4.2. The North Atlantic Oscillation

[17] In the above section we have discussed the southward intrusion of northerly flow from the mid-high latitudes to southern China during La Niña. However, a more direct origin of the northerly flow over southern China may be associated with NAO and the positive geopotential height anomalies over the vicinity of Siberia, as shown in the JFMAM correlations between NAO and the 850-hPa meridional wind, and between the MW index and grid point Z500 (figures not shown). That is, the anomalous northerly wind may be associated with the positive phase of NAO and the positive height anomalies over the Siberia, as noted in Figure 4a. Therefore, in this section, we examine whether the anomalous northerly flow over the southern China drought region is related to the positive phase of NAO.

[18] We first assume that NAO influences downstream circulation through a wave train. To depict the possible link to this wave train (see Figure 4a), we analyze the anomalies of wave activity flux and stream function at 200-hPa level in JFMAM 2011 (Figure 10). Wave activity flux is a useful tool for diagnosing stationary disturbances that propagate through a zonally varying basic flow [Takaya and Nakamura, 2001]. The sub-polar anomalous stationary wave energy clearly emanated from the positive geopotential height anomalies over the vicinity of eastern North Atlantic and western Europe, the southern part of positive NAO spatial pattern (Figure 4a). Since previous studies have shown strong correlation between the European and North Atlantic blocking systems and NAO in winter [e.g., Shabbar et al., 2001; Luo, 2005; Scherrer et al., 2006; Sung et al., 2011], it is interesting to know whether the NAO in JFMAM also influences the blocking anomalies over or near the North Atlantic and further leads to positive height anomalies over the Siberia through its downstream effect. The JFMAM correlation between the NAO index and 500-hPa geopotential height during 1979–2011 shows that, when NAO is positive, northern Eurasian continent is featured by a wave train pattern with significant positive height anomalies over the eastern North Atlantic, western Europe, and the Siberia (Figure 11b). The above result indicates that the positive NAO phase of 2011 might excite an anomalous anti-cyclonic circulation over the North Atlantic and western Europe regions and wave energy that emanated from the western Europe blocking systems and propagated eastward to induce the positive height anomalous over the Siberia.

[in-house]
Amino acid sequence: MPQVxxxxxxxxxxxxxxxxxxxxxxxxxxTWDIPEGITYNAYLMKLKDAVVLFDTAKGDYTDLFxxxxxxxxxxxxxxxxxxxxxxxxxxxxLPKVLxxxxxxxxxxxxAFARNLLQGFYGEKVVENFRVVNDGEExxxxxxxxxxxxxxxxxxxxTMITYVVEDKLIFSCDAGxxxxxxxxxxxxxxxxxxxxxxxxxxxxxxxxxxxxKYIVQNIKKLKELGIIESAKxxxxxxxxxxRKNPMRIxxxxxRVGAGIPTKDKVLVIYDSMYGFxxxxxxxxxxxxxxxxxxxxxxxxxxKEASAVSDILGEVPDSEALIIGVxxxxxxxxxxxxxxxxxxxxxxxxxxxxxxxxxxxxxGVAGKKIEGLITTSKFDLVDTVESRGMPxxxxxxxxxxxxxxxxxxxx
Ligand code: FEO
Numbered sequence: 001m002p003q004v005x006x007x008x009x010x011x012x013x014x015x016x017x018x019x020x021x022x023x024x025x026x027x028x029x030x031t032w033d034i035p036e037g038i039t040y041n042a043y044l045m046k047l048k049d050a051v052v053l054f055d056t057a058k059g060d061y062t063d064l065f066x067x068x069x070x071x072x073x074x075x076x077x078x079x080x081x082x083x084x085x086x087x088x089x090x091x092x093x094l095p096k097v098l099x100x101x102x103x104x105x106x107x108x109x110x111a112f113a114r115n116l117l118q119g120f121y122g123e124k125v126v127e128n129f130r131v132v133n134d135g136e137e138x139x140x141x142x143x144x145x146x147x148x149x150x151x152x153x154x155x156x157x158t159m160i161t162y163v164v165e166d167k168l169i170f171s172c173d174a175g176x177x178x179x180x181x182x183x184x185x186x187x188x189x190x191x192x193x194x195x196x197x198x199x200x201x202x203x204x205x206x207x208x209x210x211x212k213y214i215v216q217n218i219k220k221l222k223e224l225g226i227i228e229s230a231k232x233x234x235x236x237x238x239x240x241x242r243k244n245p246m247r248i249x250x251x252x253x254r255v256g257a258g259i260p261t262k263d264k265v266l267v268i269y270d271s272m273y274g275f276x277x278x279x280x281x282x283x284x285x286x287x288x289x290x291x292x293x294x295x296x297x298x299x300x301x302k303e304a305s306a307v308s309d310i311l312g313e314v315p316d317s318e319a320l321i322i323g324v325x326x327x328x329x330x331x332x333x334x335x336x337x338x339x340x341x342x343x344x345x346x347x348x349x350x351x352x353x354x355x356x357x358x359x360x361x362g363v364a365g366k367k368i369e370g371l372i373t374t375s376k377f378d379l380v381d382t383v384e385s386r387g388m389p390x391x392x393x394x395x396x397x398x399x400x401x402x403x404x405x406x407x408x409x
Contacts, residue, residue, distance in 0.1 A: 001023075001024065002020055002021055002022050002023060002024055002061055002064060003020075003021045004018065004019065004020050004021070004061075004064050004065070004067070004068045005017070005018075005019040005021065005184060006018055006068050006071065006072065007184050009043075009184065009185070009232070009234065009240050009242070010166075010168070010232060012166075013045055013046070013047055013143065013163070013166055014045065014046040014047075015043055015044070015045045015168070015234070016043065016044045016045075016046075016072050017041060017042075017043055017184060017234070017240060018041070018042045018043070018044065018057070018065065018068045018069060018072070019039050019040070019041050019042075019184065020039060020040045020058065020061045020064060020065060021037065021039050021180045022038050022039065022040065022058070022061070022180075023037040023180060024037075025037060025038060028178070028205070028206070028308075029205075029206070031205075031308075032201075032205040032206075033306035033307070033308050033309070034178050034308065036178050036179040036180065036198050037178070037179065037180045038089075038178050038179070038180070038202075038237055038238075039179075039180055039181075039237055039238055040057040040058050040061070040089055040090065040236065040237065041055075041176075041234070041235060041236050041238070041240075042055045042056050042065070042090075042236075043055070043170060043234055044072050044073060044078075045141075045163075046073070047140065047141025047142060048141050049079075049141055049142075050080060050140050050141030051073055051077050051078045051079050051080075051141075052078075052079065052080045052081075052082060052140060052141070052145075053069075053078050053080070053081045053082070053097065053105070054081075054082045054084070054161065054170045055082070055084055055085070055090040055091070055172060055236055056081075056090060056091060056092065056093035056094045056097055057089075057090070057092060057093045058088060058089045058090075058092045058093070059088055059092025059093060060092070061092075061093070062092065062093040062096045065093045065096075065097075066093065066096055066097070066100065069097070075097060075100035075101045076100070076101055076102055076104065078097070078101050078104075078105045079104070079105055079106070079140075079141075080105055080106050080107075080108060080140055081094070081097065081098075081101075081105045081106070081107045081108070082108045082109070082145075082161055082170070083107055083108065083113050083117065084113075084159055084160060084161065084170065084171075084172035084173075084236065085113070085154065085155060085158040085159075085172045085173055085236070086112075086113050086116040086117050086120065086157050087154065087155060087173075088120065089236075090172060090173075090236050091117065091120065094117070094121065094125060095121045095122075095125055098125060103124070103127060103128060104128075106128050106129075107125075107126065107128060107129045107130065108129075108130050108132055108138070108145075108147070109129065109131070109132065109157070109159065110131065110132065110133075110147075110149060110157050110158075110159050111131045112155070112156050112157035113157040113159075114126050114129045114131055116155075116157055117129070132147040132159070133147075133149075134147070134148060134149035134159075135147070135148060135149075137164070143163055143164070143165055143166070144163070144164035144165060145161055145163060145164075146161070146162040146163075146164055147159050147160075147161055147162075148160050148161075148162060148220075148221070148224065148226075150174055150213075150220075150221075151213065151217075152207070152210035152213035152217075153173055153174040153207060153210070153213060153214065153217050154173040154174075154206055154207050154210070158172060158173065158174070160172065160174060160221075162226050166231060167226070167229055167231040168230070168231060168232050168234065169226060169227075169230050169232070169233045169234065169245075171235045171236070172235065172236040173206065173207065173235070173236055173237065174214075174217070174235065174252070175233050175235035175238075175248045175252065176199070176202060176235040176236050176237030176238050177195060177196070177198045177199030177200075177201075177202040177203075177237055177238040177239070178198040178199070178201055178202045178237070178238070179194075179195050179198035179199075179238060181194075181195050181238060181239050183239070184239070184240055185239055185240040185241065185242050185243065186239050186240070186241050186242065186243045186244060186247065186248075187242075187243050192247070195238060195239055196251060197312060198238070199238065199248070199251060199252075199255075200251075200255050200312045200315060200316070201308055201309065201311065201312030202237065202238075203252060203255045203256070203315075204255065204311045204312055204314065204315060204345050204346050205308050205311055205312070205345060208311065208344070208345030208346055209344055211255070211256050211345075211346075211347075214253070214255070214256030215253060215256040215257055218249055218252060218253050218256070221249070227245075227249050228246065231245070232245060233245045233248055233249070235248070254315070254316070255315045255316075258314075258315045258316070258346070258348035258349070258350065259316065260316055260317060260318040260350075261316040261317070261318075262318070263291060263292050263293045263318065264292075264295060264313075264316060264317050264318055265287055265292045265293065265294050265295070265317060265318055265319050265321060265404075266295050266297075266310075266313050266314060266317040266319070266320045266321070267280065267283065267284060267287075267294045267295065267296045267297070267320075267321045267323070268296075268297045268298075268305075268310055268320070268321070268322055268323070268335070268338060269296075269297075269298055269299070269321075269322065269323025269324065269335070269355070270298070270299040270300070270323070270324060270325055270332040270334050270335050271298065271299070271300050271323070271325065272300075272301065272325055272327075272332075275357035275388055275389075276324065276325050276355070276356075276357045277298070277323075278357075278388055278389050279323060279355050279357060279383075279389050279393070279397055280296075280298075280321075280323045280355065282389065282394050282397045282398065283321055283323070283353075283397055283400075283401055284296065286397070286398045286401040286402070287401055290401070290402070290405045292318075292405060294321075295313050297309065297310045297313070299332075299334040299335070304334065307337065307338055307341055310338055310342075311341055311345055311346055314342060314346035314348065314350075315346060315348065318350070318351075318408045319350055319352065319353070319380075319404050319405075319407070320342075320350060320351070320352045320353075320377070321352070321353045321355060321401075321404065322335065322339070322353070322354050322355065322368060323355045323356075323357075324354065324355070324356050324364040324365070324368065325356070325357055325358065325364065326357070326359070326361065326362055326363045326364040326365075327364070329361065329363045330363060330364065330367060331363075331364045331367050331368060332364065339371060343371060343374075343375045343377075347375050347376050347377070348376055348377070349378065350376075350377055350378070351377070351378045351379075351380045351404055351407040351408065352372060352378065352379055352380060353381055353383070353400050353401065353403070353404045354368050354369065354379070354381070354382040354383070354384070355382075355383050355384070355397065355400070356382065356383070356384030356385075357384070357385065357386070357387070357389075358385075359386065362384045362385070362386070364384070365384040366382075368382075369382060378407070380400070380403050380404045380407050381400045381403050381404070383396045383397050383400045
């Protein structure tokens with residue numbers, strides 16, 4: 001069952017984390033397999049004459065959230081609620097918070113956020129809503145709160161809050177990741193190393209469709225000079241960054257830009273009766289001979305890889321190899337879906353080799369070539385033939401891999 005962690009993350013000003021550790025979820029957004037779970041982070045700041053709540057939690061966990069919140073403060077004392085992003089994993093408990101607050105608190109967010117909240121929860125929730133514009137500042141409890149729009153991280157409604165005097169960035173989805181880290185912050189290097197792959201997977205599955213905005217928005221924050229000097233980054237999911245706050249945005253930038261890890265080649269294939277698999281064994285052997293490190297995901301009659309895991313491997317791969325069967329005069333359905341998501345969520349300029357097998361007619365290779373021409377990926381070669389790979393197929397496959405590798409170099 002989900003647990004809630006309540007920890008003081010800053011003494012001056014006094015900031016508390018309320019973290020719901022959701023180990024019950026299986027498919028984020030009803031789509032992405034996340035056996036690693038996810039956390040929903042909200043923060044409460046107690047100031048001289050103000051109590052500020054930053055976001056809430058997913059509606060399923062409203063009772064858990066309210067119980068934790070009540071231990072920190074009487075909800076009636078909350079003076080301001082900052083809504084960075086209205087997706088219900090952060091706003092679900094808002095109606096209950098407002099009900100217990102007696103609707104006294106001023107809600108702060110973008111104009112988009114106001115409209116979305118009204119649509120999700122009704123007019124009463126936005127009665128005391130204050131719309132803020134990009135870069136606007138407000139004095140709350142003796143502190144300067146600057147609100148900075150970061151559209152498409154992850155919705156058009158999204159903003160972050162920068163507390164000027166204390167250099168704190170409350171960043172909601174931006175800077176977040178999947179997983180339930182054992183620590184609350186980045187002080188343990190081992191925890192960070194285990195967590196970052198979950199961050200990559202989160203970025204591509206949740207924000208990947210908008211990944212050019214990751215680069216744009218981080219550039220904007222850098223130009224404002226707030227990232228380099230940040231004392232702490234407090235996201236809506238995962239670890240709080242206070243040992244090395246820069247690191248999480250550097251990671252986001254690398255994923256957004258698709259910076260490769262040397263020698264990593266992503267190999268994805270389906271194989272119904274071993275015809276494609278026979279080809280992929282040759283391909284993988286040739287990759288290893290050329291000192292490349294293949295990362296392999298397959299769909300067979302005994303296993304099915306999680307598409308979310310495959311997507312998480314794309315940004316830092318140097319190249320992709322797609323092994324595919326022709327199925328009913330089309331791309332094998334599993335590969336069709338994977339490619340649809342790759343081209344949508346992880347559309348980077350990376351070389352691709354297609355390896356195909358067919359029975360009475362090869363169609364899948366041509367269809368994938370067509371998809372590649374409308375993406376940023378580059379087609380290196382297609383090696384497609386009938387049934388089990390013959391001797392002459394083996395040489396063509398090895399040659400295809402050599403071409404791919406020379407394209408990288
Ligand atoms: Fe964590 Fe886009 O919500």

Figure 10.

200-hPa horizontal Rossby wave activity flux (vectors; m2s−2) and stream function (contours; 1.0 × 106 m2s−2) anomalies in January–May 2011. The definition of wave activity flux is based on the computation of Takaya and Nakamura [2001].

Figure 11.

(a) Standardized January–May NAO index from 1979 to 2011 and January–May correlation of January–May NAO (b) with Z500 and (c) with 200-hPa zonal wind. Values significantly exceeding the 95% confidence level (t-test) are shaded.

[19] We further demonstrate the JFMAM correlation between NAO and 200-hPa zonal wind during 1979–2011 (Figure 11c). It is seen that the Middle East and Asian jet streams tend to become stronger when NAO is in a positive phase, as emphasized by Watanabe [2004] and Wen et al. [2009]. Thus, when the Rossby waves propagate southward from the eastern North Atlantic to the jet entrance, they will be trapped by the strong Asian jet waveguide to form a wave train along the jet stream (see Figure 10). These features are similar to the result about the downstream influence of NAO [e.g., Watanabe, 2004; Hong et al., 2008]. To demonstrate the possible impact of this Asian wave train on the northerly flow over southern China, we also analyze the longitude-height cross section of meridional wind anomalies along the Asian jet core (20°N–30°N) and the JFMAM correlation between the MW index and 200-hPa meridional wind. It is revealed by Figure 12a and the correlation analysis (figure not shown) that the low-level anomalous northerly flow over southern China is clearly associated with an upper-level barotropic wave train emanating from the Mediterranean-Sahara region to southern China along the subtropical waveguide [also see Hsu and Lin, 1992; Hoskins and Ambrizzi, 1993; Branstator, 2002]. Since previous studies have proposed that the enhanced convection over the vicinity of Mediterranean-Sahara region may act as a Rossby wave source to excite a wave train along the subtropical jet stream [Sardeshmukh and Hoskins, 1988; Watanabe, 2004; Hong et al., 2008], we also compute the 200-hPa velocity potential to show the upper-level convergence condition over the region. Indeed, enhanced convection can be found over the Mediterranean-Sahara region, to the southern part of the overall NAO spatial pattern (Figure 12b). A similar phenomenon was also found by previous studies and it was considered as a result from the influence of NAO [e.g., Wang, 2003; Hong et al., 2008].